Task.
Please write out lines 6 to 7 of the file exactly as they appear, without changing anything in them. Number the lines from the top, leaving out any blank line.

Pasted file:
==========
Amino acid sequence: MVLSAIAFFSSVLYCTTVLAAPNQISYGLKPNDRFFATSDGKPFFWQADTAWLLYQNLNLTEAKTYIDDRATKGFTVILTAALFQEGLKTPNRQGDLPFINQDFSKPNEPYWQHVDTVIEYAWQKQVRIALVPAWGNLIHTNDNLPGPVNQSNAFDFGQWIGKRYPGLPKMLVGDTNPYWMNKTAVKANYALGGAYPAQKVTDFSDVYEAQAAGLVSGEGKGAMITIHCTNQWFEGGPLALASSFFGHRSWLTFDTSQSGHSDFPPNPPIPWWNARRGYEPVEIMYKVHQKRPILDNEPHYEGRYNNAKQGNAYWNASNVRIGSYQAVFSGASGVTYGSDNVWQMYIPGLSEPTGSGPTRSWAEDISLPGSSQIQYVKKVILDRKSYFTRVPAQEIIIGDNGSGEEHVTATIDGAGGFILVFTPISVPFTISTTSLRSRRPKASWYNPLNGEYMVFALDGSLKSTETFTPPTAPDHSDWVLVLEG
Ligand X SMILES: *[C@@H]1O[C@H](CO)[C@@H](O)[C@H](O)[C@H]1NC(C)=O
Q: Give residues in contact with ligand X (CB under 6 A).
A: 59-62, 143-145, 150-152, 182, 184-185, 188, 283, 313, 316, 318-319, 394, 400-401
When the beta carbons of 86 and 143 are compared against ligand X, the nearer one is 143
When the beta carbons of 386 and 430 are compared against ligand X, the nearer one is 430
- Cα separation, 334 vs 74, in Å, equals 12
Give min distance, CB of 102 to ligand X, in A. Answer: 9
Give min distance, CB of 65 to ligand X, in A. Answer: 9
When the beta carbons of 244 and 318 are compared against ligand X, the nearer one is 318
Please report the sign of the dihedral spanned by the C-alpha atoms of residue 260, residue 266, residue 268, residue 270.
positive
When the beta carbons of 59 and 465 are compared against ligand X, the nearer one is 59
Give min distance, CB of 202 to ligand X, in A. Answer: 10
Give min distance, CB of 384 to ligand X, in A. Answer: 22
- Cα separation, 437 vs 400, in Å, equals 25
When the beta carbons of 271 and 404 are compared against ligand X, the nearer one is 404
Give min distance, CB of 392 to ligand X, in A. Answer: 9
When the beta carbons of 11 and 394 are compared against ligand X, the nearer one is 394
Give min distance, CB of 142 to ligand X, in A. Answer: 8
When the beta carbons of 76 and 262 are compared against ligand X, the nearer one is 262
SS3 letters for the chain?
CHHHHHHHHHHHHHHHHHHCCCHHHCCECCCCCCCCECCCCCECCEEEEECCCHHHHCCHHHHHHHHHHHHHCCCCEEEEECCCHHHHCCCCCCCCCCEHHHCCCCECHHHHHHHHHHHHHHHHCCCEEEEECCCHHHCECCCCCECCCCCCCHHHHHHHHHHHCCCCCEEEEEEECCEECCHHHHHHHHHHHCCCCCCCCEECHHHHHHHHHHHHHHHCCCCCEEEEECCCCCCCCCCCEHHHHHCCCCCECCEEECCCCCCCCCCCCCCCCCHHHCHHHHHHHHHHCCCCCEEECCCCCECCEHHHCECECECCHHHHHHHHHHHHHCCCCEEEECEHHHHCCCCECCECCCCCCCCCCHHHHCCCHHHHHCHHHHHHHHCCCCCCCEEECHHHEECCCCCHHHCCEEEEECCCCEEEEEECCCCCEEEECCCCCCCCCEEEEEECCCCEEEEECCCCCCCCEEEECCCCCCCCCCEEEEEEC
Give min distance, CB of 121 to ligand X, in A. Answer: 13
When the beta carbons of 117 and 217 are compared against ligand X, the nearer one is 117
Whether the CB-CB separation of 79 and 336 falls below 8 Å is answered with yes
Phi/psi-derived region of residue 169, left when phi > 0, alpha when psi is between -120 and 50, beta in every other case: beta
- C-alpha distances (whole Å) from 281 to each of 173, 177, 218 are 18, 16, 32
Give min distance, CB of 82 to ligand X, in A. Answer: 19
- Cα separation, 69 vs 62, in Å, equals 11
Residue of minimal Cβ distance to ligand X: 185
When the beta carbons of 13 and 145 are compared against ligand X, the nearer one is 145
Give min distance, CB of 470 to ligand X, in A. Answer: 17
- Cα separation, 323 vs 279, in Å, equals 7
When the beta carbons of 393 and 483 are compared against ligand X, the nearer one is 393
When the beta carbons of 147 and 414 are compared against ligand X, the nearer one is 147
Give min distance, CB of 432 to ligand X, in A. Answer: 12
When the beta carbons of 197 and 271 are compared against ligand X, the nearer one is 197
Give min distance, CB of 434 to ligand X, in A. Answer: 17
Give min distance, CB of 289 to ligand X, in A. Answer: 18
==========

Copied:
When the beta carbons of 386 and 430 are compared against ligand X, the nearer one is 430
- Cα separation, 334 vs 74, in Å, equals 12